Top 12 Herbs Known to Relieve Anxiety

Herb Garten

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Anxiety: everyone has felt this from time to time, but what do you do when feelings of anxiety simply won’t go away? Anxiety is a general feeling of dread, worry, fear, or apprehension. If you feel on edge, restless, nervous, or impatient, then you have experienced anxiety. Chronic, ongoing anxiety can bring on fatigue, headaches, muscle tension, a feeling of tightness in the chest, bloating, insomnia, dry mouth, and indigestion.

Although most people experience periods of anxiety, for others anxiety is something they feel on a regular basis, sometimes daily. Anxiety can be caused by many life situations, such as a job interview, but it can also be caused by medical conditions or even medications. Some people turn to alcohol, recreational drugs, or prescription medications, however these do not always solve the problem.

If you experience more than your fair share of anxiety or anxiety attacks but are seeking alternative or more natural methods, then keep reading. There are numerous herbal remedies which are well-known for calming the nerves, lowering stress levels, and reducing the severity or the number of anxiety attacks. Herbal remedies are often recommended by practitioners of natural medicine. As with any medication, herbal or otherwise, you should always talk to your doctor first, especially if you are pregnant, breast feeding, or if you are taking prescription medications. Although most herbs are completely safe, there have been reports of drug interactions.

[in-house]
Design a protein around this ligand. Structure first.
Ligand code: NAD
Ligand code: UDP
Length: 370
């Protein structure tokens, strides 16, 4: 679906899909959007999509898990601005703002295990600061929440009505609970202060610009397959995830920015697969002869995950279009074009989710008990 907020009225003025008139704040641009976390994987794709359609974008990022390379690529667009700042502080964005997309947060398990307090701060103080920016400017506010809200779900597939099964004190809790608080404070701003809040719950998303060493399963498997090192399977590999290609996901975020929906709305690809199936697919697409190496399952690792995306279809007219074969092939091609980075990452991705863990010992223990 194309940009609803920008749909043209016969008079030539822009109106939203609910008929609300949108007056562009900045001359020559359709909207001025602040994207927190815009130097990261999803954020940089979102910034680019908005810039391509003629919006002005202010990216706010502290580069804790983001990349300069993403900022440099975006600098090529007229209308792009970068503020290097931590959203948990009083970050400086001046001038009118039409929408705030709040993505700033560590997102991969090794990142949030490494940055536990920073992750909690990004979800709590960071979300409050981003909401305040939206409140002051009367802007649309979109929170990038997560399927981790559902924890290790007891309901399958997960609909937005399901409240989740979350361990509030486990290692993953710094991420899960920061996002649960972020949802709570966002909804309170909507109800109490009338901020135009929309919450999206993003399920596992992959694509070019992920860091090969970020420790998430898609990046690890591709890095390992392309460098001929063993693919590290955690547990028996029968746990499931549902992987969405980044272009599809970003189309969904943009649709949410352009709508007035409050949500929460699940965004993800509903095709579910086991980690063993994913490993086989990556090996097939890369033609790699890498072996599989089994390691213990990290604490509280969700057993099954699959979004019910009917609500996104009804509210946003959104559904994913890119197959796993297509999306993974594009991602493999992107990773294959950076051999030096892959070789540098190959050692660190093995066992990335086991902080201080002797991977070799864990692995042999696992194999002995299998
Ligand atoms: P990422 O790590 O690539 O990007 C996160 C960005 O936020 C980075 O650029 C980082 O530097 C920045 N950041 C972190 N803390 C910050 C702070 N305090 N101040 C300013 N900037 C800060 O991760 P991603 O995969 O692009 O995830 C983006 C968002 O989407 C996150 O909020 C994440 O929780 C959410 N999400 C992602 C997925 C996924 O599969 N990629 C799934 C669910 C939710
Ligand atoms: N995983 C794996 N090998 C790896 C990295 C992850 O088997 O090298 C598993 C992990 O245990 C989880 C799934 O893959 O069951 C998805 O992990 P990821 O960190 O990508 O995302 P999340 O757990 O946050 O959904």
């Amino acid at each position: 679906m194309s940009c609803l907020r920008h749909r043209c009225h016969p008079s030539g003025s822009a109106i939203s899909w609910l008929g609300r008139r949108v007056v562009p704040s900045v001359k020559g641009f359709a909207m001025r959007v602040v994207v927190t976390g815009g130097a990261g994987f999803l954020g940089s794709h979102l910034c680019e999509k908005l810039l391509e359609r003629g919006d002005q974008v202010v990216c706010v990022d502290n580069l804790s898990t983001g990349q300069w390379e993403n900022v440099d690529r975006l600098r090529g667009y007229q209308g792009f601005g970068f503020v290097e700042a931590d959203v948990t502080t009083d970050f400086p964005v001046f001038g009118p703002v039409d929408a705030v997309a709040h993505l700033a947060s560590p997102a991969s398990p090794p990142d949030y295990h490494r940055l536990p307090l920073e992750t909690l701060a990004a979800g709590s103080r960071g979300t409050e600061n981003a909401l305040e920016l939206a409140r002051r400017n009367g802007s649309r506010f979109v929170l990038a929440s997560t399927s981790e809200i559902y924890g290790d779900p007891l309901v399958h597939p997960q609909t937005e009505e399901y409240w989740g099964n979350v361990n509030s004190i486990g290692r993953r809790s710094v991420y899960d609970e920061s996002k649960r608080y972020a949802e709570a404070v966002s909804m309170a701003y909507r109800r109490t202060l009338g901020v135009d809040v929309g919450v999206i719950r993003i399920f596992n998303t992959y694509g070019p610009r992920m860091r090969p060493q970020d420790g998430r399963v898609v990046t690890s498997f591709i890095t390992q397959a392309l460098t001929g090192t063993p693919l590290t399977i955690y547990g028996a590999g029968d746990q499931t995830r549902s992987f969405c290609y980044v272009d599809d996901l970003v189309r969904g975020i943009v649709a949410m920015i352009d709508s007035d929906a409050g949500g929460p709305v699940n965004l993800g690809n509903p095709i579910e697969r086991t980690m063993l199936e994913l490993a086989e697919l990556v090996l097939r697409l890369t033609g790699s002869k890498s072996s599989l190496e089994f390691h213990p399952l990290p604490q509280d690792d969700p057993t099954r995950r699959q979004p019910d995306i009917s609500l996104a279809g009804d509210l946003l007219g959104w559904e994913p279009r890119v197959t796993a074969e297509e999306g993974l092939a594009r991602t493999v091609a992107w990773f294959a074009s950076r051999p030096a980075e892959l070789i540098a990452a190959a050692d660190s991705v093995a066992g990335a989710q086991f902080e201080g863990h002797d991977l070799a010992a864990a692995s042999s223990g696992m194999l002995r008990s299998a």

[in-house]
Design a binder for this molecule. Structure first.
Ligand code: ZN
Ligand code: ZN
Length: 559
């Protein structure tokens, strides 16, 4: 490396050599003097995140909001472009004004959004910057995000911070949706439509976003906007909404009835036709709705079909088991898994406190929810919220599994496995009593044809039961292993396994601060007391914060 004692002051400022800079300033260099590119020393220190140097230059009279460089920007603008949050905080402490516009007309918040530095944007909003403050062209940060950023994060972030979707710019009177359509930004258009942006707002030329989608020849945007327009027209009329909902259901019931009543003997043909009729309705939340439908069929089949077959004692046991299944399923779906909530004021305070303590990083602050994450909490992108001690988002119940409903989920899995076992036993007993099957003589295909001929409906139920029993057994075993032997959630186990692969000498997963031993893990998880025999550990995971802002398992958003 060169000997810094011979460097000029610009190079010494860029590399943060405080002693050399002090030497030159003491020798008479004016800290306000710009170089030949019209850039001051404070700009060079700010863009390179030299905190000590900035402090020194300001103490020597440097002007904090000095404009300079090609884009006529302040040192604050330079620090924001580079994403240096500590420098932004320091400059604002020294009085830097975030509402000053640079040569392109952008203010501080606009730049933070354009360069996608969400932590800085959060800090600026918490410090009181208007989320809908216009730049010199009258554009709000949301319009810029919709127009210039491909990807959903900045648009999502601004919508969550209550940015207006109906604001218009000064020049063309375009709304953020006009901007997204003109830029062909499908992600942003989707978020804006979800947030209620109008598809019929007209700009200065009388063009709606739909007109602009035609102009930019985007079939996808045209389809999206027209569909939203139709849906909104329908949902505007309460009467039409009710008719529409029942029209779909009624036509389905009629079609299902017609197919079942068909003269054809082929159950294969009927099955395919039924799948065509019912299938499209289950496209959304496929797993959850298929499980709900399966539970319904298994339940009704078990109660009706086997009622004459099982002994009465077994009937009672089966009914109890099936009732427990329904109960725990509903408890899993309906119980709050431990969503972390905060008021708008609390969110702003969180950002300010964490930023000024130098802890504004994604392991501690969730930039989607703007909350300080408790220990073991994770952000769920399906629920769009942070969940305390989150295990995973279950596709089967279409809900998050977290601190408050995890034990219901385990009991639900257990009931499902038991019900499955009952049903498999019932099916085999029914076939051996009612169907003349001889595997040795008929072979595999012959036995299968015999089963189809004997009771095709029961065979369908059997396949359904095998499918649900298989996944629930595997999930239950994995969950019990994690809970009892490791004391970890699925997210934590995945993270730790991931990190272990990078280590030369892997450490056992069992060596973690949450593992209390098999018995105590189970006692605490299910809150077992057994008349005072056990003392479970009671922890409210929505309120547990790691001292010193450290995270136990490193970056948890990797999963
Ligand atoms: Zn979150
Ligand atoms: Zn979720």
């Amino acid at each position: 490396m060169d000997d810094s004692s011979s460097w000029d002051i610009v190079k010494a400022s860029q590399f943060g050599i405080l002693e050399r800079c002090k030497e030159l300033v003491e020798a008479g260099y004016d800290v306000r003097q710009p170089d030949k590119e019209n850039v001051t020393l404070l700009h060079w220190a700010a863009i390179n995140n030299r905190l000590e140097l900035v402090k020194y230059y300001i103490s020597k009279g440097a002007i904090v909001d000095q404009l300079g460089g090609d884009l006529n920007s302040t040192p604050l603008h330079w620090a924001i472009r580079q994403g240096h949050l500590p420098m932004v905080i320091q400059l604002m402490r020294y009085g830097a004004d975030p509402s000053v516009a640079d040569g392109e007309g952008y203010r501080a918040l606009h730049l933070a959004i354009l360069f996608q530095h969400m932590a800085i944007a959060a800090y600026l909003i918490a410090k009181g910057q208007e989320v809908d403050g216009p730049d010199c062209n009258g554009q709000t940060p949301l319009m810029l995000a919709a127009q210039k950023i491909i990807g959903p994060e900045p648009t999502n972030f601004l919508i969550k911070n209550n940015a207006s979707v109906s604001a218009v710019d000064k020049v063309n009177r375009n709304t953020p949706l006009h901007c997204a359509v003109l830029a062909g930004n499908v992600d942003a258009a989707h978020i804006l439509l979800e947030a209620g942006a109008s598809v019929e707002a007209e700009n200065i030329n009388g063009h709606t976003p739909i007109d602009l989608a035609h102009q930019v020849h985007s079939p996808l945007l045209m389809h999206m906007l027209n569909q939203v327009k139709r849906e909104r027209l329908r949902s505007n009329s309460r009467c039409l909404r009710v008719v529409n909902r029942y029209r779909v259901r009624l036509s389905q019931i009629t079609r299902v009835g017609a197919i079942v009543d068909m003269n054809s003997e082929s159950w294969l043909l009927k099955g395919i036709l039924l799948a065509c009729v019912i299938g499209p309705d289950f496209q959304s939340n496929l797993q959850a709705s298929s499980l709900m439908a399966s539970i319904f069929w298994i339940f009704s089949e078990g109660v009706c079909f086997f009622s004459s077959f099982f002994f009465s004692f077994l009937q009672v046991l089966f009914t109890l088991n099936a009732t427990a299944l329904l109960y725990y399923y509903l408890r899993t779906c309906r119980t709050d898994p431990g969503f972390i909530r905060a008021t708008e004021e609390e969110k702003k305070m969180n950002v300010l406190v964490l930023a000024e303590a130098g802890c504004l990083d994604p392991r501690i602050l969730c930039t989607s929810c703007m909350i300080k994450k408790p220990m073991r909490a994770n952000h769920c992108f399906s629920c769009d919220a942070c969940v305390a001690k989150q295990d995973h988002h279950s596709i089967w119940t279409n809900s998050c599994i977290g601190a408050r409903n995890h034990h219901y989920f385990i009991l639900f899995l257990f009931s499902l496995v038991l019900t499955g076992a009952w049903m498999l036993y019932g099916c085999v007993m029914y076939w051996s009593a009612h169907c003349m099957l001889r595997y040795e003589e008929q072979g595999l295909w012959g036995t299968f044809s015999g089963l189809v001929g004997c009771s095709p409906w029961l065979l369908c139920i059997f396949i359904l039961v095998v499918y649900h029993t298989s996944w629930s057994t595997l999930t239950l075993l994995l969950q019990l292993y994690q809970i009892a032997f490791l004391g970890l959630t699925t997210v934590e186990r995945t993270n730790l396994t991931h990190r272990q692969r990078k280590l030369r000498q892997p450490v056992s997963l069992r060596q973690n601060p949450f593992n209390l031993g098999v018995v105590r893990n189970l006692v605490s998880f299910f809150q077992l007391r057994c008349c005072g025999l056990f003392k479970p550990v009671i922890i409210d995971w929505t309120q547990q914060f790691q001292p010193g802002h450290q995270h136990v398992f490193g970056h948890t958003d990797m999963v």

Keep reading for the top 12 herbs that are proven to help reduce anxiety.


1. Kava

This plant, native to the Western Pacific, is sometimes referred to as kava-kava. It has a long history of use among the native Polynesian people. Kava (piper methysticum) has mild relaxing compounds and when used in higher doses, has an almost intoxicating effect. Kava is comparable to prescription medications in the benzodiazepine class for treating anxiety disorders, according to studies. However, unlike prescription sedatives, kava is known for its calming effect without the typical cognitive fuzziness or impairment.

Kava is generally extracted only from the root of the plant; the active compounds are also present in the leaves and stems of this plant. A double blind study done in 1996 treated 29 subjects who had been diagnosed as having a general anxiety disorder with a kava extract three times per day for a period of 4 weeks (100 mg doses given 3 times each day). When compared to the placebo group, those who took kava found that their anxiety symptoms were significantly reduced, and there were no adverse side effects reported or noted. In fact, adverse reactions to kava are rare, so you can take kava with confidence.

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